Second Battle of El Alamein
23 October - 11 November 1942

The Second Battle of El Alamein represented a decisive victory of the British-led coalition against the German-Italian forces in Egypt during World War 2.

Montgomery Takes Charge of the Eighth Army

In the summer of 1942, Rommel had attacked the defensive line of the British Eighth Army, but was stopped in the First Battle of El Alamein. In the months that followed, the Axis forces in Egypt were in an increasingly precarious situation. Stretching on land from Tobruk to El Alamein, the communications line of the German-Italian army had lengthened very much; also the British had become very efficient in supply's interdiction.

In August 1942, there was a change in the British leadership when, although he had not been the first nominee, General Bernard Montgomery was appointed the commander of the Eighth Army in place of Claude Auchinleck. One of the goals of Montgomery was to give confidence to his men that German Field Marshal Erwin Rommel - the legendary commander of the Afrika Korps - can be defeated.

Battle of Alam el Halfa

Montgomery first drew "the Desert Fox" into a trap, Rommel attacking at Alam el Halfa Ridge, where the British aircraft, artillery, and entrenched armor inflicted heavy losses on the Afrika Korps' tanks, whose movement was confined by the minefields.

Montgomery then began to prepare his offensive, knowing he had numerical superiority in all aspects. His army had received a substantial number of new tanks, including the American M4 Sherman type. The Allied Desert Air Force had strengthened and was flying close to its bases, unlike the Italian and German aircraft, of which a large part was operating from Italy and Greece. The Eighth Army was a multinational force where, alongside the British, were soldiers from Australia, France, Greece, India, New Zealand and South Africa.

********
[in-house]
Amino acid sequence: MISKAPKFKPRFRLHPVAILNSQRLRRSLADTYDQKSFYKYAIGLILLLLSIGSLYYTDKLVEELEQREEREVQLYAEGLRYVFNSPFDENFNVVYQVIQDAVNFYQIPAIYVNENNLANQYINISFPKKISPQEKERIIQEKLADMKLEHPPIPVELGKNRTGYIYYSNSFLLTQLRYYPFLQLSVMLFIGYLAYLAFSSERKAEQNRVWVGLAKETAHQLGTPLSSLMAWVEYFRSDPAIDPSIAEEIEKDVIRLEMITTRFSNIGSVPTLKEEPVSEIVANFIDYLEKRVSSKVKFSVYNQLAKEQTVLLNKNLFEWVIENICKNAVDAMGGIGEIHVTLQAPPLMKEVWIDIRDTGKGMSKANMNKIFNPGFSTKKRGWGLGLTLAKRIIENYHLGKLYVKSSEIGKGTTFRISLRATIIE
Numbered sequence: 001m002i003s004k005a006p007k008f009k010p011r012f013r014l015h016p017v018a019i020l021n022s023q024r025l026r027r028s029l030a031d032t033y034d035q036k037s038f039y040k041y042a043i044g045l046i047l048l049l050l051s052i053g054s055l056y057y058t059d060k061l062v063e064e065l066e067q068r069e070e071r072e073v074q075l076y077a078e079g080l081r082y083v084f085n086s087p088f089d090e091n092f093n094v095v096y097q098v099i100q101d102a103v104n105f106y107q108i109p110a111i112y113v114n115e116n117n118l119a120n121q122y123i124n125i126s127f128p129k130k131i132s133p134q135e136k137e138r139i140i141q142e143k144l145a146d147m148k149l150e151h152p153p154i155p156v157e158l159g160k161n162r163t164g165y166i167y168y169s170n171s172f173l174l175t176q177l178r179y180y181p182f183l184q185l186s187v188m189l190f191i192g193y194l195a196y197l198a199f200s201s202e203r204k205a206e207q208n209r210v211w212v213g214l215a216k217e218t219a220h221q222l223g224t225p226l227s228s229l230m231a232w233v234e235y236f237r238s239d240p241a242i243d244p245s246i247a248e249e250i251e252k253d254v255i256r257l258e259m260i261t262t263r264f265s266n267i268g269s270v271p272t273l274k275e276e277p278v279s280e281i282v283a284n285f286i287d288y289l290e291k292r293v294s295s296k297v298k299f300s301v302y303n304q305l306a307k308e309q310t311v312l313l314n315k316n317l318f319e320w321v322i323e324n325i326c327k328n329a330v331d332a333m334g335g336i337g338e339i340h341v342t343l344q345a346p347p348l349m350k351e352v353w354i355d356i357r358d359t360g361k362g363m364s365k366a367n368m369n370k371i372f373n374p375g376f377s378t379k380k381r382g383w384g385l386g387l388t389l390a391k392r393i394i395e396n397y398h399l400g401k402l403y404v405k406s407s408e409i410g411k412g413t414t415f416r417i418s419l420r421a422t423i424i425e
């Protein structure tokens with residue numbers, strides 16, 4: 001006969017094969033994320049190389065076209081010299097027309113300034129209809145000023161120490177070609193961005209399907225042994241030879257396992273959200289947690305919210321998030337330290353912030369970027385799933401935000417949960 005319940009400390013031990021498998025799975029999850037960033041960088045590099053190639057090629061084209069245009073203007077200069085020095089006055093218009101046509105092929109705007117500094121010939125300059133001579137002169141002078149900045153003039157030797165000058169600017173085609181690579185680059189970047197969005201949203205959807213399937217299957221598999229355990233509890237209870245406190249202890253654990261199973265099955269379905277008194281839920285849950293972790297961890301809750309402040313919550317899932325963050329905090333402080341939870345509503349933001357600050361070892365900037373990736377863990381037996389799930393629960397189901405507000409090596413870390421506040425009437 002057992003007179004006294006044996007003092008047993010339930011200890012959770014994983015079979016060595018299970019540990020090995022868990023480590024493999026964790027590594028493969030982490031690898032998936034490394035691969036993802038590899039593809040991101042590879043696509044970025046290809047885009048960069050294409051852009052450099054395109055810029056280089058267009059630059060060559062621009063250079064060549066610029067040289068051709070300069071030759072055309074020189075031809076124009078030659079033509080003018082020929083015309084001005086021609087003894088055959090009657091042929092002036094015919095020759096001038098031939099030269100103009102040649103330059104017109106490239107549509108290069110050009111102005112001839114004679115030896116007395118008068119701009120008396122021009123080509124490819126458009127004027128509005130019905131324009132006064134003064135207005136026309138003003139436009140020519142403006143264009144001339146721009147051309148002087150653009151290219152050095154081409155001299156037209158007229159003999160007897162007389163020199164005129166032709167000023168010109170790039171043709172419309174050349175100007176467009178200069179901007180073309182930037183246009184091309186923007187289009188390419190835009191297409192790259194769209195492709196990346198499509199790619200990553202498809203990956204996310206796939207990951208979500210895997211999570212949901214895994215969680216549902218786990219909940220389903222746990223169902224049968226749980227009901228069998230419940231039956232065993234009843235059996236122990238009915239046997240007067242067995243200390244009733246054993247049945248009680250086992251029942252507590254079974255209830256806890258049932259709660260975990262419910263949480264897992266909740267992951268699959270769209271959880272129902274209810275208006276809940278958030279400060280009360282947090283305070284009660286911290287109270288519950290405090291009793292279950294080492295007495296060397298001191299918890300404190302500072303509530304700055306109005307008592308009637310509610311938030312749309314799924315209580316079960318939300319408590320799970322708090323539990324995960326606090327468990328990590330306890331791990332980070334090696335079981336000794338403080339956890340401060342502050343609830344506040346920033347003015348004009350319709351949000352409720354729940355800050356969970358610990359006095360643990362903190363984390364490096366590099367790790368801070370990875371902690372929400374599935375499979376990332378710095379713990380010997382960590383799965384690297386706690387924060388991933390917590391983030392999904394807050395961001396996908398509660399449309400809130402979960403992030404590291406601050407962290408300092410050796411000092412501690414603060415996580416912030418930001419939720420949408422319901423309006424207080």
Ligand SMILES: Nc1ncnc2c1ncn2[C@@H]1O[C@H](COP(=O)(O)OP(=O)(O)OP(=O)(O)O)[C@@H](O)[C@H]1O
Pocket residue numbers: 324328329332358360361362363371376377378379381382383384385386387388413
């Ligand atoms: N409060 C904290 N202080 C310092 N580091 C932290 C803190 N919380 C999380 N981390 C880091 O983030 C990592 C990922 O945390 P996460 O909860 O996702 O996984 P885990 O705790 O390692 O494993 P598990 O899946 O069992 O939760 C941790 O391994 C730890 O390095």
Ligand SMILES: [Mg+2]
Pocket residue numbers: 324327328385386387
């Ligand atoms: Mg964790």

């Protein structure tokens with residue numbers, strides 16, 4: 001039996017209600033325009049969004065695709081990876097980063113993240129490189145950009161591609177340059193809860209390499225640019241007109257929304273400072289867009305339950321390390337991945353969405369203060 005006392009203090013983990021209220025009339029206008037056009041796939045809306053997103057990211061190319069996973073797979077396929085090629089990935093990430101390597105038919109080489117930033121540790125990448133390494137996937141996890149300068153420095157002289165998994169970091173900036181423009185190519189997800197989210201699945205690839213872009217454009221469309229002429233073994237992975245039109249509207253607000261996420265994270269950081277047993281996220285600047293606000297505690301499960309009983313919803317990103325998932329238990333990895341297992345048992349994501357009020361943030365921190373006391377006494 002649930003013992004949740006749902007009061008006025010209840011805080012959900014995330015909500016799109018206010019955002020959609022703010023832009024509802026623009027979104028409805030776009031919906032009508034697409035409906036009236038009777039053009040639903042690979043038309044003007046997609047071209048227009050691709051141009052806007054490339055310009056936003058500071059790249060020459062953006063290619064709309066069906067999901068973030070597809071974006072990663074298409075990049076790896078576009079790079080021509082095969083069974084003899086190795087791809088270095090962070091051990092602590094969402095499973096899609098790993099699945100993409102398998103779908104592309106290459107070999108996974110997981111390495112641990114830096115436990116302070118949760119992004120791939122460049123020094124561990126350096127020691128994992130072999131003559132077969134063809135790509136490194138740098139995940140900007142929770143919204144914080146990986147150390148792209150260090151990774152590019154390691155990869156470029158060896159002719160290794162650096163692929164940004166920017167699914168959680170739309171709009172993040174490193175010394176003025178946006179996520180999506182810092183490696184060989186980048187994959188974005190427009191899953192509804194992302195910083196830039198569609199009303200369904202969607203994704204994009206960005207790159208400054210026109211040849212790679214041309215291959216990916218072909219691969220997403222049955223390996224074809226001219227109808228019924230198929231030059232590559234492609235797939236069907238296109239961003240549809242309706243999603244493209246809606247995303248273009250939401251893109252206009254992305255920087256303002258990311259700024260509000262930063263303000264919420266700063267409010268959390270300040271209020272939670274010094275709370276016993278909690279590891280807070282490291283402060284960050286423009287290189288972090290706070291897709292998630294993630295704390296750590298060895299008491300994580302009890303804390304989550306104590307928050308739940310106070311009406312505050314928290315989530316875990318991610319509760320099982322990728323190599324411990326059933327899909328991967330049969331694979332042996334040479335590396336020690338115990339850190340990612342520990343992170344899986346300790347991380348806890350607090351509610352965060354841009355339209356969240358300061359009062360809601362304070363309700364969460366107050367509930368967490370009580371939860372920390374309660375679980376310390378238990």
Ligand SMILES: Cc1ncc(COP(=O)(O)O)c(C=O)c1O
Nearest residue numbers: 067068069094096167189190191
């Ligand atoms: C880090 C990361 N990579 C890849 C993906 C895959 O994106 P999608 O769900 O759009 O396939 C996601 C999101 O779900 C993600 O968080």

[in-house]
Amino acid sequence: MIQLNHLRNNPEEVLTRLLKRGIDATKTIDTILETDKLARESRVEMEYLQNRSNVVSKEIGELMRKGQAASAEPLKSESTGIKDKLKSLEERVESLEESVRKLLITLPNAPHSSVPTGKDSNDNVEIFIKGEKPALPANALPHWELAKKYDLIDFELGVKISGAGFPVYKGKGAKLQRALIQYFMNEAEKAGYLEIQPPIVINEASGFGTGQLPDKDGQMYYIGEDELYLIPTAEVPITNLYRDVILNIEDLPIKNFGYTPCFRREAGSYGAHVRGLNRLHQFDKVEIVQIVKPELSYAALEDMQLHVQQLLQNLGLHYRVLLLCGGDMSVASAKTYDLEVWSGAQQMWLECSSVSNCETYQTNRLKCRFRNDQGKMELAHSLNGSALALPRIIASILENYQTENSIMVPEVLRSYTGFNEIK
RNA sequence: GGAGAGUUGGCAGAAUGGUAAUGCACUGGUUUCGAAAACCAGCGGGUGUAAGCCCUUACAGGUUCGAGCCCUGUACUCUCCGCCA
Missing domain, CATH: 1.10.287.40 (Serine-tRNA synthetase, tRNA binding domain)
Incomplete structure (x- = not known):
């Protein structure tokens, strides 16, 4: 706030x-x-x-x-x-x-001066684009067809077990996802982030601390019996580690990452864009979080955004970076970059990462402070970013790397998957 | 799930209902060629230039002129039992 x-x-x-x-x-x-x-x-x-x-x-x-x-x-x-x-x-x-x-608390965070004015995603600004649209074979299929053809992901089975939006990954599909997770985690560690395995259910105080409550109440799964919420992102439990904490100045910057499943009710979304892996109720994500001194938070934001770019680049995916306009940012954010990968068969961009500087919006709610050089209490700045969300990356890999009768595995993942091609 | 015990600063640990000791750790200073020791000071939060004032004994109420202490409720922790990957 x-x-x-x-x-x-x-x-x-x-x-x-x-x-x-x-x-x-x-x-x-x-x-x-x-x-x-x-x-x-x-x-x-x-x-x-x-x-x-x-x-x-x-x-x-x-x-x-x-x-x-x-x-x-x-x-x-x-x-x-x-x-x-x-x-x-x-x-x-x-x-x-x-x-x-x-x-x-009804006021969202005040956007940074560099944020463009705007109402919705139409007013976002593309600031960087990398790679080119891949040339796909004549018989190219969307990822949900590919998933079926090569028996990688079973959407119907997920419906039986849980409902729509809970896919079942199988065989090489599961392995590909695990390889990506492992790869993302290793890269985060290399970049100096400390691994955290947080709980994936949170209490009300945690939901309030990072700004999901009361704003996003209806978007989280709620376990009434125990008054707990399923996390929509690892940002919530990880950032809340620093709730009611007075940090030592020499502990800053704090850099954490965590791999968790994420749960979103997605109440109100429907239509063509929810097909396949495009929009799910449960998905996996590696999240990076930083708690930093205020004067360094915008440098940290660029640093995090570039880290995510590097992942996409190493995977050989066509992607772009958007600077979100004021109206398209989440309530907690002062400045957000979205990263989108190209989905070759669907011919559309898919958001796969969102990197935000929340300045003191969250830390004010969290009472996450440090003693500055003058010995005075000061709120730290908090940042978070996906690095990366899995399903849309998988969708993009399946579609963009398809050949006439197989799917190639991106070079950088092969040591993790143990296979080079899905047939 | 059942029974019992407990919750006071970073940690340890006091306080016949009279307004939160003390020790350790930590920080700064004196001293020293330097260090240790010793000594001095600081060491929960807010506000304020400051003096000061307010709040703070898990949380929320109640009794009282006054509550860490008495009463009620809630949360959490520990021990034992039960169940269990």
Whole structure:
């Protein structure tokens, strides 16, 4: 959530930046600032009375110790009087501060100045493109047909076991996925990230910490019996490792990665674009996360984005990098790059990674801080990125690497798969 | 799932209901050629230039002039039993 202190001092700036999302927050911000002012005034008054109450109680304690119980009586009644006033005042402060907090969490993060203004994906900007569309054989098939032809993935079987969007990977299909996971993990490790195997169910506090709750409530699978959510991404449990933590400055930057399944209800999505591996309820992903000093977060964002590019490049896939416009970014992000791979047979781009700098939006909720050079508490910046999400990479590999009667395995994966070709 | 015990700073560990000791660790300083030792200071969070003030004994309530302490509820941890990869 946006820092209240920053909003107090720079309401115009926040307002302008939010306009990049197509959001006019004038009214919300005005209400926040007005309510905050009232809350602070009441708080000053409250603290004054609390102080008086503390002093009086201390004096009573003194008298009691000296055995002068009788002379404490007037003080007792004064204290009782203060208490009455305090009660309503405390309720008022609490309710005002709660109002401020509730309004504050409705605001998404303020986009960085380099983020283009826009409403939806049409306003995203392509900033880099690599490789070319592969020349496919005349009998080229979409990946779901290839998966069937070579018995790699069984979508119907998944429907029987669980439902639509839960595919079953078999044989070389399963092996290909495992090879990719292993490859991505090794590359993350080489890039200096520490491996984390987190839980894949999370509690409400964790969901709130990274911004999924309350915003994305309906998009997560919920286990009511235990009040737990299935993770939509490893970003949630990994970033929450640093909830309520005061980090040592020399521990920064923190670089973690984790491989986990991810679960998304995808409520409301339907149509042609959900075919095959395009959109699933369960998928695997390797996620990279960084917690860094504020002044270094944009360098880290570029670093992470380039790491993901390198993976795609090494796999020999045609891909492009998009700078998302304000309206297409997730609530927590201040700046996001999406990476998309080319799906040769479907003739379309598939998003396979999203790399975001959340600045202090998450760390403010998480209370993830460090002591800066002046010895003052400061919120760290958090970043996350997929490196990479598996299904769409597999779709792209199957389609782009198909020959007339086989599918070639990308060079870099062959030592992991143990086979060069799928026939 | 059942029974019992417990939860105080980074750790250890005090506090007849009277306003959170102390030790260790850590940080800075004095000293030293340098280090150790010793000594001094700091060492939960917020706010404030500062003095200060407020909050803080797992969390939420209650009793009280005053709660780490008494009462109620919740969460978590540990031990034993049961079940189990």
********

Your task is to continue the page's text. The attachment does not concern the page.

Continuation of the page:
By Noclador (Own work) [CC BY-SA 3.0 (], via Wikimedia Commons

Second Battle of El Alamein

On October 23, 1942, the Second Battle of El Alamein began with the systematic artillery barrage unleashed by the British Eighth Army in support of the infantry and engineers who were creating lanes through the minefields. The artillery, as well as the Allied aircraft, had a critical role throughout the battle in the destruction of the German and Italian defense.

The Commonwealth units launched the main attack in the northern sector of the front. As the engineers were clearing the mines, the British tanks were advancing behind the infantry to repel a possible counterattack of the Axis' armor. After the first two days, the Allies managed to reach in the northern sector an intermediary line, codenamed the Oxalic Line.

Concerned about the weakening of the front in the north, Rommel brought from the south the 21st Panzer Division and, between 26 and 28 October, ordered the execution of several counterattacks which were driven back with heavy losses for the Germans.

On November 2, the Eighth Army launched Operation Supercharge; the British armor failed to make a decisive breakthrough, but Rommel had remained with very few tanks. The Allied pressure continued and, realizing that his army was on the verge of being overwhelmed, two days later Rommel ordered his army to retreat. The mobile German and Italian units retreated hundreds of miles to the west, chased by the Commonwealth's forces, but many of the Axis' soldiers had no vehicles and were taken prisoners.

The Battle of El Alamein was the turning point of the war in North Africa and one of the most resounding Allied victories in World War 2.

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